We have not backtracked, all patients will be tested for HIV – Chilufya

In this audio, Minister of Health Chitalu Chilufya says government has not backtracked on compulsory HIV testing.

On Sunday, Dr Chilufya made a statement which was contrary to what President Edgar Lungu said on August 15 when he declared mandatory HIV testing for all citizens who seek medical attention.

President Lungu said: “My position was that no one has got a right to take his own life, therefore to make sure that we must protect life in Zambia generally and across the board. So just as we test for malaria, we don’t consult you to consent whether you should be tested for malaria or not, we will do the same with HIV and AIDS. And we will counsel you and tell you that you have got this problem, you need to embark on treatment… That is the position of Zambia and its official, no debate about it.”

But speaking to Grevazio Zulu when he featured on ZNBC’s Sunday Interview, Dr Chilufya said people should follow what was in the President’s written speech.

“Sometimes the media are using words that are fueling the debate in the negative. Throughout my interviews, I have been saying routine HIV testing, but I don’t know if it is making better news when you say mandatory testing. Watch my interviews, watch my statements, read the statement that the President read, read the statement that is in public domain; routine HIV testing. Now, let’s report as we say it and when we say we have a public health threat, the public health act dictates that we take action to protect the public,” Dr Chilufya said.

“The Human Rights Commission is challenged to take the President’s statement, written statement, read it and engage with us. The first right you have is the right to live, if you are not alive, how will you enjoy your other rights? Let us not reduce this argument to words, semantics, we have a problem on the table, HIV is killing our people. We must demystify HIV, we must stop fearing to know our own status, you cannot hide from your own status.”

Dr Chilufya then explained that medical officers would seek consent before drawing blood from anyone to test for HIV.

“This is a message of hope, this is not a combative statement. The President as Head of State has the mandate to protect the public, the President is well informed on the statistics on health and he is well aware that Zambians today are falling ill and dying from HIV/AIDS. Medical practice is standard, it is such that when you come to the hospital, we will get a history and examine you and decide what test to do. Now, if we must take a urine sample, a stool sample, a blood sample, we will ask you to consent. We will explain to you, we are taking a blood sample because we must do investigations, we are not barbaric and start just drawing blood, no, we will explain to you, ‘we will prick you because we want to do the following tests’. So when we are drawing samples, we do get consent,” he said.

“But let me tell you, doing a routine investigation on the basis of finding out what’s wrong with a particular patient, is routine practice, it is not Zambian practice. It is practiced everywhere. Go to the European hospital today Grevazio, present with a fever, by the time you are done there you will know that you are syphilis minus, you don’t have HIV, they will screen you because they want to find out what’s wrong with you. Obtaining blood from you, we will get consent because we need to obtain blood in order for us to carry out a number of investigations. And counseling for us in medicine is something we do day in day out. That’s why even in the pronouncement, the word counseling is not there.”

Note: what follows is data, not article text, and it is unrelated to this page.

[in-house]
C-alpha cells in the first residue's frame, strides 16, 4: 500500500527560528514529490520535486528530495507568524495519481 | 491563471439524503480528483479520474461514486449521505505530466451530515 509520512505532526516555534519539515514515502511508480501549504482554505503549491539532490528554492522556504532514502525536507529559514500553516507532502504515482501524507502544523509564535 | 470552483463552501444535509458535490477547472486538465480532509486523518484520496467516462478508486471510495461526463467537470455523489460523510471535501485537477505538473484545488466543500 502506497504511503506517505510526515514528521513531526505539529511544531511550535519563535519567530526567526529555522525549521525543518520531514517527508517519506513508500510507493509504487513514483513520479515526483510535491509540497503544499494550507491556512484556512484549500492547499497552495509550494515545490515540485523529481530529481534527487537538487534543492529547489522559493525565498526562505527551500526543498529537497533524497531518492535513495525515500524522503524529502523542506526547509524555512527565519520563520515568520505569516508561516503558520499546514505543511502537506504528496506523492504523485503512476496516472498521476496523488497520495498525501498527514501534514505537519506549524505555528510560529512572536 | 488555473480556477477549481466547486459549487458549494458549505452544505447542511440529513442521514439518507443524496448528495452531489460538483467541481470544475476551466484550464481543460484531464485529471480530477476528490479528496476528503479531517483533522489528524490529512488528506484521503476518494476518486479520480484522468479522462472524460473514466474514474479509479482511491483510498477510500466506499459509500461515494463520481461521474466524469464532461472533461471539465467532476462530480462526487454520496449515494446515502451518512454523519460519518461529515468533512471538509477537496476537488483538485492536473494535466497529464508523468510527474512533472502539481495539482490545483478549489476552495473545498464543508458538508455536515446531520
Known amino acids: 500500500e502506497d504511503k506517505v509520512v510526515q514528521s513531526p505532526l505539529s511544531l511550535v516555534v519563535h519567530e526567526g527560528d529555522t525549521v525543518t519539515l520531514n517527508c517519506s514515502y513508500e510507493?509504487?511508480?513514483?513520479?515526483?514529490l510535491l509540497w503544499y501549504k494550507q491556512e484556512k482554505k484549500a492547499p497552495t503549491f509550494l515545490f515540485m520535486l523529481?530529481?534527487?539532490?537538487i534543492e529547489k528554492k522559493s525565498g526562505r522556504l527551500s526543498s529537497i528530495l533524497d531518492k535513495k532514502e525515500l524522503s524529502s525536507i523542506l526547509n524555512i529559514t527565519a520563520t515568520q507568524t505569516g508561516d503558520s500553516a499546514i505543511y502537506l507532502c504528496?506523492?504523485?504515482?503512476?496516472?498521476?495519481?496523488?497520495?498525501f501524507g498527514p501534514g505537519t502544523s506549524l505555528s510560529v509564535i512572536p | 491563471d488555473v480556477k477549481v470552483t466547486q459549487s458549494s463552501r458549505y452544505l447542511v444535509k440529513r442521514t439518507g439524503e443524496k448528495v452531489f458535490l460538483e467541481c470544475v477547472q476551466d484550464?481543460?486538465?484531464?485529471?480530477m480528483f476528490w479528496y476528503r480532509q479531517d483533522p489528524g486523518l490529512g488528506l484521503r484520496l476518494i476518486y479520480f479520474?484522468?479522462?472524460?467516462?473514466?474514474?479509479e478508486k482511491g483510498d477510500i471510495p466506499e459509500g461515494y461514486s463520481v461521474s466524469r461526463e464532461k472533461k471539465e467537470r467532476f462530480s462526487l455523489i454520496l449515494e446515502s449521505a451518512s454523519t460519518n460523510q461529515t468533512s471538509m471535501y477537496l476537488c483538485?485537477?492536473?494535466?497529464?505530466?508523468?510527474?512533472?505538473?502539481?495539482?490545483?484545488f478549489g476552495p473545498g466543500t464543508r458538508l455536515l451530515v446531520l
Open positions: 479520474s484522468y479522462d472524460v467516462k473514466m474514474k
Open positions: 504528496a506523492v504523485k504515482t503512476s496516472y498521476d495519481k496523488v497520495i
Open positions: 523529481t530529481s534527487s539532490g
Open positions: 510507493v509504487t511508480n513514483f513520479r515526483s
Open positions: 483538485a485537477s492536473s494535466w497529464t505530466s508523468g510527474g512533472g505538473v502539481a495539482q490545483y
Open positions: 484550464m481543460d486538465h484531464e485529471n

But speaking at a press briefing yesterday, Dr Chilufya contradicted himself, saying “routine testing” would be compulsory for all patients.

“It is unfortunate that other sections of the media would want to now say that government has backtracked on its policy. I want to emphasise that government remains consistent. When I say HIV testing will be done routinely, we are saying the investigations that will be done when you are unwell at the hospital will include HIV as a routine test in order to help you become healthier if you are positive to help you live healthier if you are negative,” said Dr Chilufya.

“Self-testing will also be made available, you can do a self test at your work place, in the comfort of your home or in various locations. So we are distributing self-test kits and what is the importance of knowing your status?”

The minister further dispelled speculations that there were dubious procurement dealings behind the newly announced HIV policy.

“Allegations about syndicates are nonsensical at the least and they are not different form hallucinations. People are just dreaming about things. If they have any evidence let them be decent enough to bring the evidence on the table. Let’s be responsible leaders, one million Zambians have died and you want to start politicking?” asked Dr Chilufya.

Take a listen:

         

Mirriam Chabala

About Mirriam Chabala

Mirriam Chabala is a Zambian journalist who covers current affairs and writes in-depth feature articles on social issues.
Email: mirriam [at] diggers [dot] news

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